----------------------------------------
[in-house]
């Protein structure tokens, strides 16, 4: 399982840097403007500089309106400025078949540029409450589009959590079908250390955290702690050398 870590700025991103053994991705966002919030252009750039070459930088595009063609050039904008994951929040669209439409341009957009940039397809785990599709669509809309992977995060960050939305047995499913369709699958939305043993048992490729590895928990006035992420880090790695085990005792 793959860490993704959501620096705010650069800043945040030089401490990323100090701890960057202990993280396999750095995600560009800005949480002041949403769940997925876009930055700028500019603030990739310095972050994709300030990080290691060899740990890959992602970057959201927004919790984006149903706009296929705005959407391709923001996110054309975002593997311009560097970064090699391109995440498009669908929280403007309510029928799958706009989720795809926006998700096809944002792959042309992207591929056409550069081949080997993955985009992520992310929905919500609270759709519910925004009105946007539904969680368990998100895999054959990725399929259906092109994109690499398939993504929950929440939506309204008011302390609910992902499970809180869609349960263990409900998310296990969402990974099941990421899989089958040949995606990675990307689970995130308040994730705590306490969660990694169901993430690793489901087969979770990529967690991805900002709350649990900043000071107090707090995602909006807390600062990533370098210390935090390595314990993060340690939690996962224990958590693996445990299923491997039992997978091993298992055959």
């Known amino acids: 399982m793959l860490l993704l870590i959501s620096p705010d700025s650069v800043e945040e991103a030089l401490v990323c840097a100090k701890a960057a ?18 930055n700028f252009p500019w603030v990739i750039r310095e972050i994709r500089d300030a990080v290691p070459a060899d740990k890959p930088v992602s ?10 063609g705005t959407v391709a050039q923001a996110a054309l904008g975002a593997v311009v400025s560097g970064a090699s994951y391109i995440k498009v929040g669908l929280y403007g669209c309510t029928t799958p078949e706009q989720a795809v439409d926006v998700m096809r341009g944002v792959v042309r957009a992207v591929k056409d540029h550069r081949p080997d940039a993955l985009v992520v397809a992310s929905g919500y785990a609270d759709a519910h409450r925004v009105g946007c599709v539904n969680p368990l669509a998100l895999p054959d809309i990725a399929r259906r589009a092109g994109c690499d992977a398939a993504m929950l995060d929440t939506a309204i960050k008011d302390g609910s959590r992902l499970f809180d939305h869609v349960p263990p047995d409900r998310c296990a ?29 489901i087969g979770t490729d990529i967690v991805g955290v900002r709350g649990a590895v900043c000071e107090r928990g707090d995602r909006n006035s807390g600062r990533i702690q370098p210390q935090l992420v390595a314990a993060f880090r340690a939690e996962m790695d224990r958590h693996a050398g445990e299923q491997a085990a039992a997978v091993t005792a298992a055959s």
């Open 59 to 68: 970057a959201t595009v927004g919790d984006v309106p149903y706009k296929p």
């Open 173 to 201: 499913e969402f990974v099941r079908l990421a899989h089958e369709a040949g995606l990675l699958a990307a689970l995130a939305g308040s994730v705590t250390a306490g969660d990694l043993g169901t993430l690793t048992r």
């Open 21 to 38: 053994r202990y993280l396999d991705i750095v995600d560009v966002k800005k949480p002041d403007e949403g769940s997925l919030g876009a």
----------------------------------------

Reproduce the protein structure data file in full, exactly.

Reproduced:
[in-house]
């Protein structure tokens, strides 16, 4: 399982840097403007500089309106400025078949540029409450589009959590079908250390955290702690050398 870590700025991103053994991705966002919030252009750039070459930088595009063609050039904008994951929040669209439409341009957009940039397809785990599709669509809309992977995060960050939305047995499913369709699958939305043993048992490729590895928990006035992420880090790695085990005792 793959860490993704959501620096705010650069800043945040030089401490990323100090701890960057202990993280396999750095995600560009800005949480002041949403769940997925876009930055700028500019603030990739310095972050994709300030990080290691060899740990890959992602970057959201927004919790984006149903706009296929705005959407391709923001996110054309975002593997311009560097970064090699391109995440498009669908929280403007309510029928799958706009989720795809926006998700096809944002792959042309992207591929056409550069081949080997993955985009992520992310929905919500609270759709519910925004009105946007539904969680368990998100895999054959990725399929259906092109994109690499398939993504929950929440939506309204008011302390609910992902499970809180869609349960263990409900998310296990969402990974099941990421899989089958040949995606990675990307689970995130308040994730705590306490969660990694169901993430690793489901087969979770990529967690991805900002709350649990900043000071107090707090995602909006807390600062990533370098210390935090390595314990993060340690939690996962224990958590693996445990299923491997039992997978091993298992055959």
């Known amino acids: 399982m793959l860490l993704l870590i959501s620096p705010d700025s650069v800043e945040e991103a030089l401490v990323c840097a100090k701890a960057a ?18 930055n700028f252009p500019w603030v990739i750039r310095e972050i994709r500089d300030a990080v290691p070459a060899d740990k890959p930088v992602s ?10 063609g705005t959407v391709a050039q923001a996110a054309l904008g975002a593997v311009v400025s560097g970064a090699s994951y391109i995440k498009v929040g669908l929280y403007g669209c309510t029928t799958p078949e706009q989720a795809v439409d926006v998700m096809r341009g944002v792959v042309r957009a992207v591929k056409d540029h550069r081949p080997d940039a993955l985009v992520v397809a992310s929905g919500y785990a609270d759709a519910h409450r925004v009105g946007c599709v539904n969680p368990l669509a998100l895999p054959d809309i990725a399929r259906r589009a092109g994109c690499d992977a398939a993504m929950l995060d929440t939506a309204i960050k008011d302390g609910s959590r992902l499970f809180d939305h869609v349960p263990p047995d409900r998310c296990a ?29 489901i087969g979770t490729d990529i967690v991805g955290v900002r709350g649990a590895v900043c000071e107090r928990g707090d995602r909006n006035s807390g600062r990533i702690q370098p210390q935090l992420v390595a314990a993060f880090r340690a939690e996962m790695d224990r958590h693996a050398g445990e299923q491997a085990a039992a997978v091993t005792a298992a055959s």
């Open 59 to 68: 970057a959201t595009v927004g919790d984006v309106p149903y706009k296929p």
């Open 173 to 201: 499913e969402f990974v099941r079908l990421a899989h089958e369709a040949g995606l990675l699958a990307a689970l995130a939305g308040s994730v705590t250390a306490g969660d990694l043993g169901t993430l690793t048992r």
């Open 21 to 38: 053994r202990y993280l396999d991705i750095v995600d560009v966002k800005k949480p002041d403007e949403g769940s997925l919030g876009a």